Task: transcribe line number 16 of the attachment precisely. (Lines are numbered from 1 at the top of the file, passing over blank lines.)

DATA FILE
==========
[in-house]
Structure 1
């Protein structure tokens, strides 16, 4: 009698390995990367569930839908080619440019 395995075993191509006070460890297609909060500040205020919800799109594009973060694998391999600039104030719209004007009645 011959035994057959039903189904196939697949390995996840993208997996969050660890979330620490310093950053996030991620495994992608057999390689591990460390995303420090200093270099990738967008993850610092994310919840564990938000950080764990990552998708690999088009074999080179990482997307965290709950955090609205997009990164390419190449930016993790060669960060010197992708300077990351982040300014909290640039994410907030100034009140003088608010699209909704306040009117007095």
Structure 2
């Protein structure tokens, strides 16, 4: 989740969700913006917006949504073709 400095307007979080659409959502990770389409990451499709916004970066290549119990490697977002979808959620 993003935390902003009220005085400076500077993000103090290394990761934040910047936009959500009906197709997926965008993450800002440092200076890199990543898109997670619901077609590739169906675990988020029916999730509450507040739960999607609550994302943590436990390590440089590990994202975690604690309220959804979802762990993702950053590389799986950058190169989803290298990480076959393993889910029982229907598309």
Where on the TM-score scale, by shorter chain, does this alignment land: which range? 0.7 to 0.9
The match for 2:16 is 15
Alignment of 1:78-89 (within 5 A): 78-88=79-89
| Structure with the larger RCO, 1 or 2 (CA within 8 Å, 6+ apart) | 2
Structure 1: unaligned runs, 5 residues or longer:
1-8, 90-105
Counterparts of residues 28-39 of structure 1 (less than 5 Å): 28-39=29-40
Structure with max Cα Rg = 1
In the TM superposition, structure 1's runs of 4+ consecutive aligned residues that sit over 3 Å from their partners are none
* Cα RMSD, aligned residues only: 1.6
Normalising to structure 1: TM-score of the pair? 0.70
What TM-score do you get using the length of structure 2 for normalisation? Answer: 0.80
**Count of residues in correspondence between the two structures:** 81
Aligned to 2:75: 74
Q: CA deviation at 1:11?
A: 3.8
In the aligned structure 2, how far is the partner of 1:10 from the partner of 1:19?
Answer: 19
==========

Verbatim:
Normalising to structure 1: TM-score of the pair? 0.70